The route from Tahiti to New Zealand, used many times by Polynesian boats, is 2,200 miles in length. Yet these widely separated lands and intervening islands were not only known but were settled and served as distributing points for the shoots and seeds of such food plants as the banana, coconut, yam, breadfruit, and taro. Even the west coast of America may have been visited by adventurous navigators.

Long voyages

The facts about some of these voyages are known. Four early trips from Hawaii to Tahiti, 2,400 miles, are recorded. Uenga, a twelfth-century sea rover, sailed from Samoa to Tongareva, thence to Tubuai, and through the Tuamotus to Tahiti. The entire journey covered about 4,000 miles, most of it against the trade winds. Tukuiho, sailing from Rapa, discovered Rapa-nui ( Easter Island) after a voyage of 2,500 miles with no intervening stopping places. Karika, a Samoan chief, discovered and colonized Rarotonga, and the thirteen voyages of Tangiia cover a distance of more than 18,000 miles.

No compass used

The Polynesians readily made their way across the ocean without the aid of a compass or a log book. During the daytime they guided themselves by the sun, by the flight of birds, and the shape and color of clouds, and in stormy weather by the trend of the waves driven before the prevailing winds. A man with a knowledge of clouds and rainbows and winds ranked high in the esteem of the people. Some of the Pacific peoples made crude charts on which the trends of the wave crests in the trade wind belts were indicated by parallel sticks stretched on a frame, and the number and position of the islands included on the chart were shown by little pieces of stone or coral placed in proper position.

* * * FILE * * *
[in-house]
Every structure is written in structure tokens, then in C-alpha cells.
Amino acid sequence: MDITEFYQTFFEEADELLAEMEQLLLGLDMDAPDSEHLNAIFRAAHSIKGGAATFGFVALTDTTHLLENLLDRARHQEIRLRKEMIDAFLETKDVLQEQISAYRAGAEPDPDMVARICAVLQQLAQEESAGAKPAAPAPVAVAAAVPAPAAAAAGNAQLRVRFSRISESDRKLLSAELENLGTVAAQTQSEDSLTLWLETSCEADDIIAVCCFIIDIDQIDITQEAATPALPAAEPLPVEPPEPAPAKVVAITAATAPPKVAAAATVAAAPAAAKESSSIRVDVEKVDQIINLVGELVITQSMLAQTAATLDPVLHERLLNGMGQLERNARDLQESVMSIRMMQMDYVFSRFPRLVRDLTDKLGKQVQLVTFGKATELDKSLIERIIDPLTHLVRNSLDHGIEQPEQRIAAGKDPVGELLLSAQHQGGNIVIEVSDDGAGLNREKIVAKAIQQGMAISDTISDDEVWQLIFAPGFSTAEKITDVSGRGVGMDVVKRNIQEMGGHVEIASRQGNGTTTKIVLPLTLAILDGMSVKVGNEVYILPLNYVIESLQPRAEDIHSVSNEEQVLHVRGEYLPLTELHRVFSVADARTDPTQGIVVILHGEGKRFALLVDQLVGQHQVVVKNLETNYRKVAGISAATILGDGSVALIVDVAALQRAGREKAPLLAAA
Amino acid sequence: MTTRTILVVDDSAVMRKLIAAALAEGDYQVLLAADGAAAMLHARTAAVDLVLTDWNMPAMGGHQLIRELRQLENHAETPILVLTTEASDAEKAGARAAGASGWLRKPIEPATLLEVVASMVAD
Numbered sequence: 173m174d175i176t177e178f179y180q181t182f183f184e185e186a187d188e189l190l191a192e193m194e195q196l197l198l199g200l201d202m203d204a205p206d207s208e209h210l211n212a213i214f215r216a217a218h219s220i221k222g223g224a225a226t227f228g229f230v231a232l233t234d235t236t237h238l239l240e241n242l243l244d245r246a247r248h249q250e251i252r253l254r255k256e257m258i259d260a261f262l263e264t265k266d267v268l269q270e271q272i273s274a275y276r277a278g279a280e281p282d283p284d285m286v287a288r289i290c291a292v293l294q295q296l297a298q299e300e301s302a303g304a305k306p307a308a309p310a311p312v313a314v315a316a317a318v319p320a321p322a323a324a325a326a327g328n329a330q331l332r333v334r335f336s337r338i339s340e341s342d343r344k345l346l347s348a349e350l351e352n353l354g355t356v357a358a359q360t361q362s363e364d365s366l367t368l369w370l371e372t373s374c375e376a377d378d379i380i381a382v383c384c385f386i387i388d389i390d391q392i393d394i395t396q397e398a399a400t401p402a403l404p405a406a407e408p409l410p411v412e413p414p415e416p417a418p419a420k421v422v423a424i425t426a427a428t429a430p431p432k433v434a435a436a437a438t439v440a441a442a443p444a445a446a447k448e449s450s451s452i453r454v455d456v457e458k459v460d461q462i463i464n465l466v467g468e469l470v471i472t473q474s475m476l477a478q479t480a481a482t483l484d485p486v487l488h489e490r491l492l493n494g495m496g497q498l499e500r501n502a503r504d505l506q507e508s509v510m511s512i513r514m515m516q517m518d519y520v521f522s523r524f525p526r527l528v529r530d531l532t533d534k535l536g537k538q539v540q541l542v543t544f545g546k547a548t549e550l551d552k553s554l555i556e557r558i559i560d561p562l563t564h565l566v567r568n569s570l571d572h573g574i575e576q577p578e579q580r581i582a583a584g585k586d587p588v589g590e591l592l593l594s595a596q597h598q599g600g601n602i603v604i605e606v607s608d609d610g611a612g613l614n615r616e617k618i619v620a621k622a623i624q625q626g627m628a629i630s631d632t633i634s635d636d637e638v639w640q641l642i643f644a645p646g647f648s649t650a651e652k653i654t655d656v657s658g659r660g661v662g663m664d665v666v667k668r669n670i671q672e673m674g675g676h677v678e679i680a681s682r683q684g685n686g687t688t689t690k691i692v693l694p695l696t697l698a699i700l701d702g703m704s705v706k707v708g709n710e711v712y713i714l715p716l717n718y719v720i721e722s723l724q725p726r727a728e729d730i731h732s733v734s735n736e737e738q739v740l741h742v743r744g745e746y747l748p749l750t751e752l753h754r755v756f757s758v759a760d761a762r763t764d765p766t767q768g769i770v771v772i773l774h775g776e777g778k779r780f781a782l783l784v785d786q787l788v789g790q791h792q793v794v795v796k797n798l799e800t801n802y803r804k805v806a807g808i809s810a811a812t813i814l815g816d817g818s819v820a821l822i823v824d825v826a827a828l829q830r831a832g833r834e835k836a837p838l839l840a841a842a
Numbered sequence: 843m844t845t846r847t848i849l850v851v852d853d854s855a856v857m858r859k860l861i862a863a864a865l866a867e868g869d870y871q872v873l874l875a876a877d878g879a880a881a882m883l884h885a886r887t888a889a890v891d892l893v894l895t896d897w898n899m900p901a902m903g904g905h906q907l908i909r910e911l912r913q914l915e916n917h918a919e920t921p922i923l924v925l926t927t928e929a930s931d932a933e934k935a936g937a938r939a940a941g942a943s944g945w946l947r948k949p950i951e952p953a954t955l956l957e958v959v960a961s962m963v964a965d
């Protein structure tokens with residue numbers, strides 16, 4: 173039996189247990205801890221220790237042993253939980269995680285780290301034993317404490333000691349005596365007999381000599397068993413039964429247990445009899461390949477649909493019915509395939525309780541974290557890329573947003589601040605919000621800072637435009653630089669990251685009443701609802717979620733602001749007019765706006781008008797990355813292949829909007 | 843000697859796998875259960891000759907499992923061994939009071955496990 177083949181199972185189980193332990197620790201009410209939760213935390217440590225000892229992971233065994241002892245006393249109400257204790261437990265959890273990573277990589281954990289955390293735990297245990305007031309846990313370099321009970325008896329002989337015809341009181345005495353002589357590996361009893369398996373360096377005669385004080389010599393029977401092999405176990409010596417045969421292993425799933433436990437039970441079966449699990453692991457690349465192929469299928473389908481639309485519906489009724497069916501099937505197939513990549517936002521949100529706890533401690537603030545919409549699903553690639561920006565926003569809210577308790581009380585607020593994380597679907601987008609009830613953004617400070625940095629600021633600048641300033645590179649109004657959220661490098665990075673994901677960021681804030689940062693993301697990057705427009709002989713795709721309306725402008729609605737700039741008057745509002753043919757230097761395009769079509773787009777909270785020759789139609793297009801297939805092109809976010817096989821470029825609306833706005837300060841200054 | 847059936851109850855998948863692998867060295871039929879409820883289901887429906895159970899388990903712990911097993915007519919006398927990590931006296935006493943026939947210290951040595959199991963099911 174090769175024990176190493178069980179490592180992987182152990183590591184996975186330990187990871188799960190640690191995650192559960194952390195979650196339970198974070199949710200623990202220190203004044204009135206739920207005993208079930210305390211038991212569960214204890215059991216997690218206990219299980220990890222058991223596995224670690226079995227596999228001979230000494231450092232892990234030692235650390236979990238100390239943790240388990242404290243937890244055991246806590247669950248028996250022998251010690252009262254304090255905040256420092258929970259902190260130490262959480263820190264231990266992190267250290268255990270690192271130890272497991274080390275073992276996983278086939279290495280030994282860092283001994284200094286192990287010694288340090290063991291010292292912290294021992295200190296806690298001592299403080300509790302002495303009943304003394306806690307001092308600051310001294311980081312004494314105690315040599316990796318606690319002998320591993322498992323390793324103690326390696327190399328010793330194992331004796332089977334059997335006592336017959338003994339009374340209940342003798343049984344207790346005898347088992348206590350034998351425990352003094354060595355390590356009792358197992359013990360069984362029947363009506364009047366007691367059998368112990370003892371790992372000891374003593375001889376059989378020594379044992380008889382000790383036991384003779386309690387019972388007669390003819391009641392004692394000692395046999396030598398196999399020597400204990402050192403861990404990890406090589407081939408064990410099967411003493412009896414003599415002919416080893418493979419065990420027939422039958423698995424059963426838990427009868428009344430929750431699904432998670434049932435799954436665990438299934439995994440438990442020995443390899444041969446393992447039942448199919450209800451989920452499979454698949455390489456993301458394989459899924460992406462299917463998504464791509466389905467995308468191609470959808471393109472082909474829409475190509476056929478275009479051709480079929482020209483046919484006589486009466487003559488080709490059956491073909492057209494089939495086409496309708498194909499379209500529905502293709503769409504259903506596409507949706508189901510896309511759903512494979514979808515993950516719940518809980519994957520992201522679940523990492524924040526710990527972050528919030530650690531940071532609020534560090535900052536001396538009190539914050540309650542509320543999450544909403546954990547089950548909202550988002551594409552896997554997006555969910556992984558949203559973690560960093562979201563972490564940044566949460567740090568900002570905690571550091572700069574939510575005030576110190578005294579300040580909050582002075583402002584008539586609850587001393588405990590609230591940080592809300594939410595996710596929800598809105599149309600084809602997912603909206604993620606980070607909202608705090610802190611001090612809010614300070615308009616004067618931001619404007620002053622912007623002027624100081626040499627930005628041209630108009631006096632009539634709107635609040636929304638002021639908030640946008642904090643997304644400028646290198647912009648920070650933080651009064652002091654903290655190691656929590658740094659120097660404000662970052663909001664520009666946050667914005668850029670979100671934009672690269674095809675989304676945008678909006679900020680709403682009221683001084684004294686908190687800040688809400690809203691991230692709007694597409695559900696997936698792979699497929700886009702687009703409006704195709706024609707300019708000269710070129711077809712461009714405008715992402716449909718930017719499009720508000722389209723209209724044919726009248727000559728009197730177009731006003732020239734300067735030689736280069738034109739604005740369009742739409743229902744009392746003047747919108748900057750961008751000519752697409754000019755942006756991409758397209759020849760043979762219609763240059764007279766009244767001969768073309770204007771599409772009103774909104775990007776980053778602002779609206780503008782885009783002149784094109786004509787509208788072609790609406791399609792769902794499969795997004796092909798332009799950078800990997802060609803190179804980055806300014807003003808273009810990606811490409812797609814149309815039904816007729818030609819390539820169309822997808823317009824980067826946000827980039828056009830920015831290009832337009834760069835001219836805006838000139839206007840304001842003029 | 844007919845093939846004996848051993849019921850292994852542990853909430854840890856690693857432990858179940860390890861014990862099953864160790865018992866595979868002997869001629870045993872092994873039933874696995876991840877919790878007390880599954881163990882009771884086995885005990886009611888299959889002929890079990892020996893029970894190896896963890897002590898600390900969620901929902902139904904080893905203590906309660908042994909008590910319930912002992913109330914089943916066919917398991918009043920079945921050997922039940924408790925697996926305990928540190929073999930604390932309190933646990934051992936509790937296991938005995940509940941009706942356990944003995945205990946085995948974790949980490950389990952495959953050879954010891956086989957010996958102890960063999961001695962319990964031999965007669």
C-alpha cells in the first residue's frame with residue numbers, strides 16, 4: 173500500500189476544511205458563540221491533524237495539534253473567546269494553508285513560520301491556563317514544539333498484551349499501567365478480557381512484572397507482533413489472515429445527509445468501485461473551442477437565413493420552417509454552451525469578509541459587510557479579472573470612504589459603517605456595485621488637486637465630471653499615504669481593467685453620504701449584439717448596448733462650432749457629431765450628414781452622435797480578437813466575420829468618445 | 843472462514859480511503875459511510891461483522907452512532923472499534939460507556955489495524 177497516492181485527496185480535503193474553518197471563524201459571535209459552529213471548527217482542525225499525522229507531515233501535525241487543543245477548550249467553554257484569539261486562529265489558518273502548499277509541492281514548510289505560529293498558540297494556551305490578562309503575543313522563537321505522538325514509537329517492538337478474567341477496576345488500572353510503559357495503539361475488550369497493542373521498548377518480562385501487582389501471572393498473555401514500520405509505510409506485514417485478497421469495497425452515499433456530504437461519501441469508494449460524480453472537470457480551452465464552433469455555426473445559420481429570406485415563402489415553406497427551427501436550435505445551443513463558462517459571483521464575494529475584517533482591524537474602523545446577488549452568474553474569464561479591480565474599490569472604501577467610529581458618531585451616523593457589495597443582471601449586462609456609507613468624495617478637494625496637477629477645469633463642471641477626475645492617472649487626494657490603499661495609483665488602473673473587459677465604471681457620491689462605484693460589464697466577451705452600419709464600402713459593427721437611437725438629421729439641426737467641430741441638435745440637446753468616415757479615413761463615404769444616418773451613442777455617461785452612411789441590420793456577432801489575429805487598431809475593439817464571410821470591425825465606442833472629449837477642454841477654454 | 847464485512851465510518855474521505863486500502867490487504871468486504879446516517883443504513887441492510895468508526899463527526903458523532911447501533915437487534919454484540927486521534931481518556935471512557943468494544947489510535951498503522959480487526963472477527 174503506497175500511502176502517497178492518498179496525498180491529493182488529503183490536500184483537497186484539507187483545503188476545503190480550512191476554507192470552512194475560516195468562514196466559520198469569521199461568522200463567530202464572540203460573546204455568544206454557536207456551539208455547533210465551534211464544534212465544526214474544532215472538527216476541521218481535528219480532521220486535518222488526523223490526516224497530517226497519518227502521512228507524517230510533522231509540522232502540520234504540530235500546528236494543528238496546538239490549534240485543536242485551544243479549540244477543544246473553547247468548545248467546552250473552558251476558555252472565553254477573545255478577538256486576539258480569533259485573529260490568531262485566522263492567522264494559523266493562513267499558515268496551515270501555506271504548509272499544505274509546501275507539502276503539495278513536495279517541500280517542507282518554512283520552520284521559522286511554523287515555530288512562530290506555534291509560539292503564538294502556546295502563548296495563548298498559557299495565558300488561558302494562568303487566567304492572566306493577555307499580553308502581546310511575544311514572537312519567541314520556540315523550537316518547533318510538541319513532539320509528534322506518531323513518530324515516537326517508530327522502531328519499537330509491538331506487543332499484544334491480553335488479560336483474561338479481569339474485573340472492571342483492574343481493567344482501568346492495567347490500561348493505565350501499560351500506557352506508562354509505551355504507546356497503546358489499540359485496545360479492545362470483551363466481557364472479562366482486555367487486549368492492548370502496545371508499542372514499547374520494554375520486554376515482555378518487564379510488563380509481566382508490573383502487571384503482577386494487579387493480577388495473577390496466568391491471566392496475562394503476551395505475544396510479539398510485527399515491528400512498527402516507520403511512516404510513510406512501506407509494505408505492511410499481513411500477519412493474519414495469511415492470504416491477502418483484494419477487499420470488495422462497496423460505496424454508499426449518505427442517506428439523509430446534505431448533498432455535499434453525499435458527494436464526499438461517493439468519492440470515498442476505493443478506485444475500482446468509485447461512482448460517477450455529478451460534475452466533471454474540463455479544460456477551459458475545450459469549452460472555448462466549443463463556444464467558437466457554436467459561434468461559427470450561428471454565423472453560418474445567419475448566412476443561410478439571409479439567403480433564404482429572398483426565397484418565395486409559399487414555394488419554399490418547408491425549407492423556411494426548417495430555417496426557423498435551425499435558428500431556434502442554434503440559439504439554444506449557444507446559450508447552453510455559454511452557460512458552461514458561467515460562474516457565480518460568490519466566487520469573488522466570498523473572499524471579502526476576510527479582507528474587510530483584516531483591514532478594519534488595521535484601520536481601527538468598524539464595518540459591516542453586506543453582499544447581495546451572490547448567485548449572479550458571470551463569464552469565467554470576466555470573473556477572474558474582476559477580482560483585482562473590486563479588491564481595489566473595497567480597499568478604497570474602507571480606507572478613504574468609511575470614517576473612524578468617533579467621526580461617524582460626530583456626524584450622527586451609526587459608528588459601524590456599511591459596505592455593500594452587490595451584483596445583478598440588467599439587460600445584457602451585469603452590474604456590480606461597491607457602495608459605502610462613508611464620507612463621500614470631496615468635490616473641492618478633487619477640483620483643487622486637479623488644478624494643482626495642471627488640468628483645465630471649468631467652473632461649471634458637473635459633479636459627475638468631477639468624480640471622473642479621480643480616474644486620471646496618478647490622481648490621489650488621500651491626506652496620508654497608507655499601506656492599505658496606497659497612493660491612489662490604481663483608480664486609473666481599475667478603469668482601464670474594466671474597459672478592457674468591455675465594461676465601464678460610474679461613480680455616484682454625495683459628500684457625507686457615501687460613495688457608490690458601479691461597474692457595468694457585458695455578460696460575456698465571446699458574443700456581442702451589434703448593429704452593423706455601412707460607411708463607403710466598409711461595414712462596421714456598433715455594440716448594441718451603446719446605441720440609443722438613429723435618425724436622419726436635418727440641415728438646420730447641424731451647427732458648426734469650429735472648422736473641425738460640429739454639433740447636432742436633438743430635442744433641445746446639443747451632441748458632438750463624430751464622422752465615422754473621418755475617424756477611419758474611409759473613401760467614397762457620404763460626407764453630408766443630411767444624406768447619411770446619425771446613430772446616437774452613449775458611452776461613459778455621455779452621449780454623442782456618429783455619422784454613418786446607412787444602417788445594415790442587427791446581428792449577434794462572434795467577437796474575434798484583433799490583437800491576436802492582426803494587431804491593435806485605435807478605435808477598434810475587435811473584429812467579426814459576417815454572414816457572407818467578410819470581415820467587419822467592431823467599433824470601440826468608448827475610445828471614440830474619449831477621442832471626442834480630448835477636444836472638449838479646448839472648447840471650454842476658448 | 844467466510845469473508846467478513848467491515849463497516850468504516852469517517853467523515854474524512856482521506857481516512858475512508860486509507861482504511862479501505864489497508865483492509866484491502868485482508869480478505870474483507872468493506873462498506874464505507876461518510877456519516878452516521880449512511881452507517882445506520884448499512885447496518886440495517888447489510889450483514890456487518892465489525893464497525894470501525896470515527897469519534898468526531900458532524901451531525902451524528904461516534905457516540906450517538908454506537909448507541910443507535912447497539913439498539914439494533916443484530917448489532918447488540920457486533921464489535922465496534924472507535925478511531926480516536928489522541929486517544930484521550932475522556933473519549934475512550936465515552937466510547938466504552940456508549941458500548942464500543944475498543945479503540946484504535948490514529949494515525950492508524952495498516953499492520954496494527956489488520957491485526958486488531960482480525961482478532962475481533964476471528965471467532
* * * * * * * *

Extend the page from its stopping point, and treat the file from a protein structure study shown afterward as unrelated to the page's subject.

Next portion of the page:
Mountaineering and Sports in New Zealand

Mountaineering and Sports in New Zealand

The national sport – and passion – is rugby football and matches can be seen in the main cities. But New Zealand also offers splendid tennis, football and cricket. Clubs welcome visitors as temporary members – the National Tourist Board will give details. Glof is played on glorious courses both islands – there are hundreds registered clubs, which make visitors welcome. It is usual to take letter of introduction from one’s home club secretary.

The beaches offer swimming, surfing and skin-diving from October to April and there is yachting in many harbors. The Regetta held in Auckland on Anniversary Day is one of the biggest in the world. Deep-sea fishing off 300 miles of North Island beaches will take sportsman in less than an hour to spectacular fighting fish – marlin, shark, tuna – from January to April.

Fresh water fishing in lakes and fast-running rivers is exciting and rewarding. Hunting for many species of deer is unrestricted throughout the year. The terrain is often rough and a guide is essential. The game-bird shooting season opens the first Sunday in May. Firearms must be registered. The Hunting & Fishing Officer, Tourist & Publicity Department, Cove Bay, Rotoura, will give details.